Israel Wanted to Pay Supermarkets to Use More Packaging; They Declined
In August, the government announced it would award $2.6 million to a supermarket chain that commits to selling its produce pre-packaged in plastic. The plan, touted as a way to reduce food waste, was shelved after no supermarket had applied
An Israeli government plan to pay supermarkets to drastically increase their use of plastic packaging was shelved this week after no supermarket chain applied for the grant. In August, Israel's Ministry of Agriculture and Rural Development announced it would award one supermarket chain a NIS 9.5 million (approximately $2.6 million) grant, as part of a pilot program that would see food retailers sell pre-packaged fresh produce.
Most fresh produce in Israel is sold in bulk, allowing consumers to make exact selections and choose their preferred amount of packaging. According to the plan—which the ministry touted as a way to reduce food waste by sealing produce in plastic to protect it from damage—tomatoes, cucumbers, bell peppers, eggplants, zucchinis, apples, pears, bananas, peaches, nectarines, avocados, and mandarins, were to be sold pre-packed in packages available in two sizes.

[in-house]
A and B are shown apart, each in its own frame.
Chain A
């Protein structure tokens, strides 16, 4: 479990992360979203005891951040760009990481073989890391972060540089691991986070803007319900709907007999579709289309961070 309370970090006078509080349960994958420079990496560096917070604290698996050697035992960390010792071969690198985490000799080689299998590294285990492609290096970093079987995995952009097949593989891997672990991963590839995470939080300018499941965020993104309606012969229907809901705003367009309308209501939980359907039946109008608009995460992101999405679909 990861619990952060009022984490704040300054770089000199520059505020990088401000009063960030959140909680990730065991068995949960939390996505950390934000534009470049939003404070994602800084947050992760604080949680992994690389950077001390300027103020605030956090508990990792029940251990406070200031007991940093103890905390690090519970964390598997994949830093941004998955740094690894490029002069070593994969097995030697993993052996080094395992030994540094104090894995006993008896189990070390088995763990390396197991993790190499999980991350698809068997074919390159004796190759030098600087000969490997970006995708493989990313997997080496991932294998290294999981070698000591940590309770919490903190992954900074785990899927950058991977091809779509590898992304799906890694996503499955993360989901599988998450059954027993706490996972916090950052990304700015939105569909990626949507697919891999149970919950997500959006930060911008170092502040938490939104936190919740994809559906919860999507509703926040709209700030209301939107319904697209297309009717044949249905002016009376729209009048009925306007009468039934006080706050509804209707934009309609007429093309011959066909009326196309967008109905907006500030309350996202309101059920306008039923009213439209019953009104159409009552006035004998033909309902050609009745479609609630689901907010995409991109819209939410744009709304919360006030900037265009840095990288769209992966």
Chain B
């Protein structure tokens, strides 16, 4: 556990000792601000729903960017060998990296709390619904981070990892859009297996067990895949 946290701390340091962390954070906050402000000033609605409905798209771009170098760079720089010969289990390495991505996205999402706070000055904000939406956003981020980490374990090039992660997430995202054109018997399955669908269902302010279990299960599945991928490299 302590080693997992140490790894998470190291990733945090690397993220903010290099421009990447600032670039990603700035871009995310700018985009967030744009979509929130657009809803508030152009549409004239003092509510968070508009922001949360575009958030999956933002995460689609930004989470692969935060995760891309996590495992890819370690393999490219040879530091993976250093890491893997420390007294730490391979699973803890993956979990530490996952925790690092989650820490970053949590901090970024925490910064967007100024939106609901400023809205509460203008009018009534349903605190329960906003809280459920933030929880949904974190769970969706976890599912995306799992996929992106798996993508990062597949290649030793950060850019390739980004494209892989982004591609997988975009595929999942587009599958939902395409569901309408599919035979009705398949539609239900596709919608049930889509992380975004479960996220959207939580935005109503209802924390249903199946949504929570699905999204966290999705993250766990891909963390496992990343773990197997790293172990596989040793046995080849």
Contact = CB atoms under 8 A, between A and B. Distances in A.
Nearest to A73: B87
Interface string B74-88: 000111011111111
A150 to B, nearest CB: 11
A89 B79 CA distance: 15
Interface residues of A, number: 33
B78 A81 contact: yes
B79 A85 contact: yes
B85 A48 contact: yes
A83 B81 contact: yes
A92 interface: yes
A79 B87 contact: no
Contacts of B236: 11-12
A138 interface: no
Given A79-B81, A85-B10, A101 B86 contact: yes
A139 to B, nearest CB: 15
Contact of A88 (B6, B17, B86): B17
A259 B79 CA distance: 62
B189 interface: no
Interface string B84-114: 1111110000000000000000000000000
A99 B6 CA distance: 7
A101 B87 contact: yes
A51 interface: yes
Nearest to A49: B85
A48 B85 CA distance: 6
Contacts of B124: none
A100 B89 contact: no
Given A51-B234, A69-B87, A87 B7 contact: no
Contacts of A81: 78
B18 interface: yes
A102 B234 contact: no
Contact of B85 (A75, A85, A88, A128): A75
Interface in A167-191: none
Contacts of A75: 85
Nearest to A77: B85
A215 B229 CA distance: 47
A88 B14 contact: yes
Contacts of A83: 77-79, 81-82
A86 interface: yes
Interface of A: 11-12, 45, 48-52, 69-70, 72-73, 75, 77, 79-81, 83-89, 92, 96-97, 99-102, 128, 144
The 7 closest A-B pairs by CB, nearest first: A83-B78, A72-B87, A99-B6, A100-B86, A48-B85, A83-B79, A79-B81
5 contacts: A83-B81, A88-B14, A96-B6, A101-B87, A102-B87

Produce sold at a supermarket. Photo: Orel Cohen
Back in August, the ministry said the pilot would decrease the amount of wasted produce in shops and at the consumer's home by 10%-15% and 20%-25%, respectively. Data provided by the ministry over the summer showed that between 20% and 52% of fresh produce in Israel is wasted.
Since the plan was first introduced, it was received with negative sentiment from the country's Ministry of Environmental Protection, as well as from consumers, who protested the environmental and financial implications of introducing unnecessary packaging.
Commenting on the failed initiative, the ministry of agriculture said in a statement that the grant amount was not attractive enough and that a new tender will be issued once the government budget is approved for 2020.